It’s Not Just You: People Are Becoming Fussier About Who They Date in Lockdown
“I was talking to this guy the other day and then I realised that I hadn’t asked him if he’d had the vaccine,” my friend told me over a virtual wine the other day.
“Turns out, he hadn’t. So, I blocked him on everything! Can’t be having that negative energy.”
They’d been talking for a few weeks and were getting excited for their first “let’s go on a walk” date, but this not-so-minor question had slipped her mind.
“I think that COVID has forced us to divide in our opinions about so many things like politics, human rights, mental health. . . and it’s encouraged us to ask so many more questions in that initial stage of dating,” she told me.
COVID affects so many parts of our daily lives right now and finds its way into so many of our daily conversations, so it makes sense that you’d talk about it with someone that you’re getting to know.
Although it can feel overwhelming to be constantly talking about something so grim, it also allows for singles to get to know each other on a deeper level, quicker. Things like morals, beliefs and behaviours aren’t often something you notice or talk about initially, in a budding relationship.
According to new research from Bumble, 45 per cent of users ask their potential dates if they’ve had the vaccine before they meet up with them.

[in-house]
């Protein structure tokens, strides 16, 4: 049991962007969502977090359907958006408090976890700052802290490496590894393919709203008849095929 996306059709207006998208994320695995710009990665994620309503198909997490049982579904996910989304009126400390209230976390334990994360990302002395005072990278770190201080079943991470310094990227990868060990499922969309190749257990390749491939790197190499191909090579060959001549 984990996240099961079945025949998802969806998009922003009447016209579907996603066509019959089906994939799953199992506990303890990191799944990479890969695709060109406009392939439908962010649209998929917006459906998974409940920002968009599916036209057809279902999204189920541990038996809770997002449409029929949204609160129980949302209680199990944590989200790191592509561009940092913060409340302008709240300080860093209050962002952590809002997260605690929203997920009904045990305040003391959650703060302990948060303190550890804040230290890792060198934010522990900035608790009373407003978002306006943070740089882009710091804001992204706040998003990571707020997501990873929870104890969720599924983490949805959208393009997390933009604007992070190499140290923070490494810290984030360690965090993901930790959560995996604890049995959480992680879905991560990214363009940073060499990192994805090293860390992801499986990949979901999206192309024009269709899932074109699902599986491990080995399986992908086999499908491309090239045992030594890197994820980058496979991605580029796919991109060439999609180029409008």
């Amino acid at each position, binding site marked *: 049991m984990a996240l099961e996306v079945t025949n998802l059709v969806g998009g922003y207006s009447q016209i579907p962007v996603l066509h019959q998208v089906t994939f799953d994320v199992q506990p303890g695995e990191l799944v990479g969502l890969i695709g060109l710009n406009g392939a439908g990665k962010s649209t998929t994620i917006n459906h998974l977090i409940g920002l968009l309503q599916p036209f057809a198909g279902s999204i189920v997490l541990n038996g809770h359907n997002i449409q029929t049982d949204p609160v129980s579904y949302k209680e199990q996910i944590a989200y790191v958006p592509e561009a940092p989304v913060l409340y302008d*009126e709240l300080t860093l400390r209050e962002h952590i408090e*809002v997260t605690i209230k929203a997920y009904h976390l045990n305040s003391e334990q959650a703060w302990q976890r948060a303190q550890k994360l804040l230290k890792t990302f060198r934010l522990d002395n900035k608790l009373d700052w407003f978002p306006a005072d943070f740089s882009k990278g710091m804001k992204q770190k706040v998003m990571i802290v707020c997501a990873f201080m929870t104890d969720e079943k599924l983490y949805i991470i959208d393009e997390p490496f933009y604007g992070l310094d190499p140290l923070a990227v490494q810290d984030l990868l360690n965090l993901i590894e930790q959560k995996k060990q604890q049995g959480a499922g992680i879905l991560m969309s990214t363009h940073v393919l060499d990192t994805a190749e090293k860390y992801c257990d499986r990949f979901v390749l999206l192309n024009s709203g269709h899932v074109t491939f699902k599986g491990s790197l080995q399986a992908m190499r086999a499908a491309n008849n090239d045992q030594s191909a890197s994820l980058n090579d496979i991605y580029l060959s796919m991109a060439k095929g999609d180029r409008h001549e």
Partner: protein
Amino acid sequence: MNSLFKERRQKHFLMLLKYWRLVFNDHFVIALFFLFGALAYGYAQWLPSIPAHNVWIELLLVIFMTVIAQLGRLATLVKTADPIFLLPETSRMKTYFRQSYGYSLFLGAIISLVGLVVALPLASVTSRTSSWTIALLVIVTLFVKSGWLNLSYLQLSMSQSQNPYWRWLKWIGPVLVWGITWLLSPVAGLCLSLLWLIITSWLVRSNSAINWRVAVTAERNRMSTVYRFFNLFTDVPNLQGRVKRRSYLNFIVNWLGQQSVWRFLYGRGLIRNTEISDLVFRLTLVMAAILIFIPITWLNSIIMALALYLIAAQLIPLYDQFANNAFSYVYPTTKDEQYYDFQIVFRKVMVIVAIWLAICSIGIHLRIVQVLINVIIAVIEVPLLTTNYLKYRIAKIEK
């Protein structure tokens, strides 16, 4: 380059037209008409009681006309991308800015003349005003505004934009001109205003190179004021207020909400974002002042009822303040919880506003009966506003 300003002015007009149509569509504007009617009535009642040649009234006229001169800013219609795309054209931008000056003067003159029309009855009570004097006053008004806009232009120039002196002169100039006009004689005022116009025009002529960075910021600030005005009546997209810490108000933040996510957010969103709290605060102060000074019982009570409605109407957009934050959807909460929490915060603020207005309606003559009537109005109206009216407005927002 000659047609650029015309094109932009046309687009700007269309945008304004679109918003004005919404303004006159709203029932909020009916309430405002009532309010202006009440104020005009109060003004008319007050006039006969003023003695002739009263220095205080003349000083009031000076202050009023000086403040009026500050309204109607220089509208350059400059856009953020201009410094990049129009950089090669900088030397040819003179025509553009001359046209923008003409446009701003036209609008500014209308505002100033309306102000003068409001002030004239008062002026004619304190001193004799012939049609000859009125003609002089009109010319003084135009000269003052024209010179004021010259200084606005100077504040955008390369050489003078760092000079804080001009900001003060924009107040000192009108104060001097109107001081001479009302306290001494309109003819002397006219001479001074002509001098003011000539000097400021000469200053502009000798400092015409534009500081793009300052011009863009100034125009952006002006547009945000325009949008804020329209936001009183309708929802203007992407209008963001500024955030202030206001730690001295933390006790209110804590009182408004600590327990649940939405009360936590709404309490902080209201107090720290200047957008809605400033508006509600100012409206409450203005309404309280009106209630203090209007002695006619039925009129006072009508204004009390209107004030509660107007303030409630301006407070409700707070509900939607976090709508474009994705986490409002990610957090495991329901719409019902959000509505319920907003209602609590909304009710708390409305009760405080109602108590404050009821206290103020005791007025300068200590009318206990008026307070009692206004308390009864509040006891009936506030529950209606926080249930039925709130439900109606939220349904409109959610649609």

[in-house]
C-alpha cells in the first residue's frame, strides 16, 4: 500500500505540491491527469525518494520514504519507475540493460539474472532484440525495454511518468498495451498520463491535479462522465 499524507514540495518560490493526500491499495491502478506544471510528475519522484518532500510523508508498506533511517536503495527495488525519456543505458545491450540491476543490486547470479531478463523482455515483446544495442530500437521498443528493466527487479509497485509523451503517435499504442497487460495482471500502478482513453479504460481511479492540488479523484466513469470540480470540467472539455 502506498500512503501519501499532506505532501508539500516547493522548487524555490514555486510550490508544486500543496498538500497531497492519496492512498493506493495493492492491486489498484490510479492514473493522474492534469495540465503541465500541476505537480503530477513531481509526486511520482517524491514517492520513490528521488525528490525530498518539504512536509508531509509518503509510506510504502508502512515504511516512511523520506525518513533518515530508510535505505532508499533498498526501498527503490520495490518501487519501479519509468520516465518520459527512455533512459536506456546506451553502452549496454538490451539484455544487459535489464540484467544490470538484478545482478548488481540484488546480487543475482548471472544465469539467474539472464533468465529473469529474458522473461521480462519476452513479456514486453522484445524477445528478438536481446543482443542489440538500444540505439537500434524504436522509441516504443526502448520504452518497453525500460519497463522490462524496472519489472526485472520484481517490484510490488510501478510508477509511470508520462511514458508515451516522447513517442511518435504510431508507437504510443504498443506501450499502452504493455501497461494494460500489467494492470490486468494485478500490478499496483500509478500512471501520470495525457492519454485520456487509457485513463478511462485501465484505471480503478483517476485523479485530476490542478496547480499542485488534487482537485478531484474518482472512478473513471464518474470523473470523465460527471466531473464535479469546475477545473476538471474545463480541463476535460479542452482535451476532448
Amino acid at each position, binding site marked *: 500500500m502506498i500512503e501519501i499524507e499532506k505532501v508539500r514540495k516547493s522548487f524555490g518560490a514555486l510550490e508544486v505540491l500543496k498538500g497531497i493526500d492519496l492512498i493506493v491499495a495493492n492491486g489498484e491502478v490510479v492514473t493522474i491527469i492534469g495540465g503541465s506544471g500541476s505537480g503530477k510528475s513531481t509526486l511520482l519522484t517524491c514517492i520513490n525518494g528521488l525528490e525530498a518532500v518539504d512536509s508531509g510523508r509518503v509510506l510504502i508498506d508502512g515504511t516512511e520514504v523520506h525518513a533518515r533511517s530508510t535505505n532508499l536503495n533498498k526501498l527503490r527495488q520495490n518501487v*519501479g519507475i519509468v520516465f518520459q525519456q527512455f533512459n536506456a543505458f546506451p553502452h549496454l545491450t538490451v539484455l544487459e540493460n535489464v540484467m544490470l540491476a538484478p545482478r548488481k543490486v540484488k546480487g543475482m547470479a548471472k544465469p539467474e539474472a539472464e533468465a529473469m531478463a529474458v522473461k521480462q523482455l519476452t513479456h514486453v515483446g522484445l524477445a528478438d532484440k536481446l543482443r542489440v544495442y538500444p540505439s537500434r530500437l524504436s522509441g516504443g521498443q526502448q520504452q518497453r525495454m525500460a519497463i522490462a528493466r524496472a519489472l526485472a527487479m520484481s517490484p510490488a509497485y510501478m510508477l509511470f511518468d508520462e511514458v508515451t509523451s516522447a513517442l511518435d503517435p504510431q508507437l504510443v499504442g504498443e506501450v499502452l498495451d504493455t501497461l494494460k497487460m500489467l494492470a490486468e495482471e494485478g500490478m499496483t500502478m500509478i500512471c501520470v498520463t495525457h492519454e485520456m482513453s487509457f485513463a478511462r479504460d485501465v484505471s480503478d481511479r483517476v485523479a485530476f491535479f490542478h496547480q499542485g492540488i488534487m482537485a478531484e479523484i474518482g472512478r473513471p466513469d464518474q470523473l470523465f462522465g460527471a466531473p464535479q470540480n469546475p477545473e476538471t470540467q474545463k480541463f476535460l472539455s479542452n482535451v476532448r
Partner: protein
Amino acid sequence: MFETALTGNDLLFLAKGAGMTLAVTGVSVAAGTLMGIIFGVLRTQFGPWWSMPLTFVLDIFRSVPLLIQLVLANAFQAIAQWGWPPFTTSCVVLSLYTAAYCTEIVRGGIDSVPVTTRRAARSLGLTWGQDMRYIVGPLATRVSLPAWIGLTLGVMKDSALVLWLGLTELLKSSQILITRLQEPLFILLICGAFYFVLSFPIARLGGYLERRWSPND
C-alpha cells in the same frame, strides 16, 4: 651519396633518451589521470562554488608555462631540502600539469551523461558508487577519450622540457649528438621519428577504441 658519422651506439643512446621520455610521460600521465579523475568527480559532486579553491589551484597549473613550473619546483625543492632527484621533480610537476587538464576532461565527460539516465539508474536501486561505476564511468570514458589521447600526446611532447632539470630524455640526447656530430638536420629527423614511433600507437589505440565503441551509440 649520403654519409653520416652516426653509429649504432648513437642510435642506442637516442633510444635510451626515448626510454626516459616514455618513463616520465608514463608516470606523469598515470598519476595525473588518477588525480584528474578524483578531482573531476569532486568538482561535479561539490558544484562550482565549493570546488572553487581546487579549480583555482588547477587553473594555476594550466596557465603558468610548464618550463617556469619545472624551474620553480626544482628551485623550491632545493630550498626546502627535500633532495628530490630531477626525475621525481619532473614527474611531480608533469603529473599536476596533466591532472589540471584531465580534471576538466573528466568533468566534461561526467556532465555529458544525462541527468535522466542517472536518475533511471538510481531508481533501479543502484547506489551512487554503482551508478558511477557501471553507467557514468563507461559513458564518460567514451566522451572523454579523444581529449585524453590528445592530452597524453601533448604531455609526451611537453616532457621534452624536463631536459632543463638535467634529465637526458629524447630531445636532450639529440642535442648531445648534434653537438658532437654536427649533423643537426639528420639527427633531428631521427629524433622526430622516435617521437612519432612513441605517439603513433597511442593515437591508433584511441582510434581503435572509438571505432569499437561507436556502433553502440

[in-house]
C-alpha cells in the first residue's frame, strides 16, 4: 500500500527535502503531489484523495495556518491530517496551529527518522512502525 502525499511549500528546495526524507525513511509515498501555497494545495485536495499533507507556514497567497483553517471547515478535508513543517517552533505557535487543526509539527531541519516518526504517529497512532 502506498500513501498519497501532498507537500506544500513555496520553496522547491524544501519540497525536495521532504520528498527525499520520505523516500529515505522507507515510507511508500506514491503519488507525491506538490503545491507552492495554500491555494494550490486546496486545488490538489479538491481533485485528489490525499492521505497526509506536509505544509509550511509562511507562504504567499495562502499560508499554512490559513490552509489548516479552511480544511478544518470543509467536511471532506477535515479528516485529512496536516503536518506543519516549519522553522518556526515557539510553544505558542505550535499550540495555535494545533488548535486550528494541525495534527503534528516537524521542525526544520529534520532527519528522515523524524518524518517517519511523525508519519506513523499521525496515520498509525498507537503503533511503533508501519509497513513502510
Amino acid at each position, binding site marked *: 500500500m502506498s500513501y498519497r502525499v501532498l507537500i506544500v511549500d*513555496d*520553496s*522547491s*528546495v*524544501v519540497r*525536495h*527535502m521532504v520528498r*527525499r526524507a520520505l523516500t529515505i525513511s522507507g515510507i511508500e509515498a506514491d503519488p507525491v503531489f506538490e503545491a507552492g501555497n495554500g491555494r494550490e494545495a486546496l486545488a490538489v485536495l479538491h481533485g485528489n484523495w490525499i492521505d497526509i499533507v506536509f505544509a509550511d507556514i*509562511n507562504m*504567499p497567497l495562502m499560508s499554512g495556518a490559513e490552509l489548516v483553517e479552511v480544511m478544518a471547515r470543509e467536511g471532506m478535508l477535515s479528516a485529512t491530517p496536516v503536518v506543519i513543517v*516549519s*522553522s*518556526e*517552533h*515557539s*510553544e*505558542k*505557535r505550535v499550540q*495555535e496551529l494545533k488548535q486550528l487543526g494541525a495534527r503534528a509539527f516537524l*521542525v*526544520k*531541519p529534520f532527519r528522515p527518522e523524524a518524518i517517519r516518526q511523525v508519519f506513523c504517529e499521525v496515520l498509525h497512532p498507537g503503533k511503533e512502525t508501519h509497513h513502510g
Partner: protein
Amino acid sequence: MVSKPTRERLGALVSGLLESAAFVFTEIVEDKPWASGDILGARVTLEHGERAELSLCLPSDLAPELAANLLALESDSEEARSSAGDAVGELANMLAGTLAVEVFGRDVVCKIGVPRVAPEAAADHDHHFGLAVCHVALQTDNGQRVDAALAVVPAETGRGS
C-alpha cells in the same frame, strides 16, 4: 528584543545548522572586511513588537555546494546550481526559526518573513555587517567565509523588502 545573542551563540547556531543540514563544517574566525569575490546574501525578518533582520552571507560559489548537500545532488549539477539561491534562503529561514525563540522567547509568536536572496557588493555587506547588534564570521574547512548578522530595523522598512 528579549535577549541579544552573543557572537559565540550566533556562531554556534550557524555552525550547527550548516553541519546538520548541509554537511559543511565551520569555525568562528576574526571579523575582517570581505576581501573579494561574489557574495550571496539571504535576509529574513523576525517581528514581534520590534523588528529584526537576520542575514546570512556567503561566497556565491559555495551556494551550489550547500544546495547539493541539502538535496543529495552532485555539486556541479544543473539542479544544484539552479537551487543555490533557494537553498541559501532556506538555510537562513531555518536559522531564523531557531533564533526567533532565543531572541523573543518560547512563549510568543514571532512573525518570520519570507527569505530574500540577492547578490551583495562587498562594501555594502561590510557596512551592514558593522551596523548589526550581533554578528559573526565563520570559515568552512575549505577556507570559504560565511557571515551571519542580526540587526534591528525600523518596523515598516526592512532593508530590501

It’s actually pretty amazing to know that people really care about other people’s decisions and that they heavily factor into who they date. This may make the dating world a bit of a fussier place to be, but wouldn’t you prefer people to only talk to you if they were really into you? Imagine how much simpler dating would be.
With this new climate of transparency and awareness, people are taking their time in new relationships, with 21 per cent of people waiting longer to have sex with a new partner compared to before the pandemic.
This could be due to restrictions, having an easier excuse to take things slow or looking for more secure relationships because we all know that stability and enduring physical affection are both things we need more than ever right now.
Regardless of how we got there, it’s quite a nice move in the direction of taking online dating more seriously, going more for open conversations and longer-term relationships rather than constant one night stands.
The Bumble data agrees, showing that 12.5 per cent of people are spending a longer period of time messaging and chatting with someone online before meeting them in person.
I mean don’t get me wrong, I love a bit of no-strings sex, but it’s emotionally exhausting at the best of times and definitely right now. It must be nice to have an opportunity to give the old-school style of dating a go.
“People are definitely more into getting to know you because there’s this barrier of not being able to meet up with restrictions,” my friend explains.
“But it’s kind of nice because you can really tell if you’re going to be into someone or not after talking to them a bit more and asking them some hard questions.
“It’s more like dating and less like a fling roulette.”
Sounds relaxing, honestly.